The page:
TAFE Queensland carpentry students have spent several weeks cutting, sanding and nailing more than 40 wildlife boxes to help save injured possums from the recent devastating bushfires across the region.
The boxes were built with the guidance of TAFE Queensland carpentry teacher, Matt Zaranski and will be donated to The Rescue Collective, a not-for-profit organisation who is responsible for distributing them to impacted areas.
“After seeing the impact the fires had on our wildlife we decided to incorporate building the wildlife shelters as part of the students learning and assessment which ties in nicely to their core course work,” said Matt.
“This project provides competencies to safely select and use carpentry tools and equipment as well as demonstrates the students’ ability to measure, calculate and work to plans and specifications.”
“The boxes will house injured possums while they are recovering in care and also be scattered in trees around local bushland to be used as homes for possums being reintroduced to bushfire affected areas.”
Matt said many of the hollow tree trunks were burnt out in the fires which once provided safe homes for possums in their natural habitat.
“Each box made by our students can be securely attached to a tree and took up to two hours to make but should last five to ten years in the wild depending on the position of the box and exposure to the elements,” he said.
It’s easy to forget in the current crisis that there are still plenty of communities in recovery mode from the disasters earlier this year. Now more than ever it’s crucial to instil and maintain a sense of community spirit and togetherness as we rebuild and find a new normal.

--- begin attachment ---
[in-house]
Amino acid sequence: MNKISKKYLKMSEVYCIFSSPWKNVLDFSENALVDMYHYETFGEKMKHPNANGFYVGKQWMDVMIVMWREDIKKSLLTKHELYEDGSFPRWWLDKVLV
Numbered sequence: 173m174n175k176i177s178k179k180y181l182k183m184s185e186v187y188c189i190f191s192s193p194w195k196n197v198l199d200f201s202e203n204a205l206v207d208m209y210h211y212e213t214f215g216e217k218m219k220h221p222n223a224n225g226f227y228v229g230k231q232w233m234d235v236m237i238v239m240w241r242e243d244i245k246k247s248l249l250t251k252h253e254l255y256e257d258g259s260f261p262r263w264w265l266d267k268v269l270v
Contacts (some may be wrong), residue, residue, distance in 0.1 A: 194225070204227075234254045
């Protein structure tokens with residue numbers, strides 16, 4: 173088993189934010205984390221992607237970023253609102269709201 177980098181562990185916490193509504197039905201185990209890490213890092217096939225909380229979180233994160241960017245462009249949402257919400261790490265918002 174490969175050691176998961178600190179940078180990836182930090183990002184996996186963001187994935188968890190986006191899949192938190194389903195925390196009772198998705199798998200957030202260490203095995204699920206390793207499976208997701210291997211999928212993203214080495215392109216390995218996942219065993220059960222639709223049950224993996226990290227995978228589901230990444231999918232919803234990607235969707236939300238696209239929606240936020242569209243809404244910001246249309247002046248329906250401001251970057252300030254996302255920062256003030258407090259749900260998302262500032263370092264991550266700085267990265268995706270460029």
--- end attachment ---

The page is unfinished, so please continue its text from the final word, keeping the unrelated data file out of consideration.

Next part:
Carpentry student, Thomas Miller from the TAFE Queensland Ashmore campus said it is fulfilling to know that his newly acquired skills are going to good use in the community and environment.
“Usually in catastrophic events such as the bushfires you feel powerless so it’s nice to actually feel helpful knowing one of our first practical learning projects will be used to help the local wildlife recover from the devastation” said Thomas.
“I have only recently come to Australia to study from the United States and my family back home have seen the news about the bushfires and when I told them about the project they were so happy and proud to know I was helping in some way.”
From entry-level skill sets and certificates through to advanced diplomas and bachelor degrees, TAFE Queensland offers a comprehensive range of study options, including plenty of online qualifications if you’re looking to explore study-from-home options. Visit tafe.qld.edu for more information.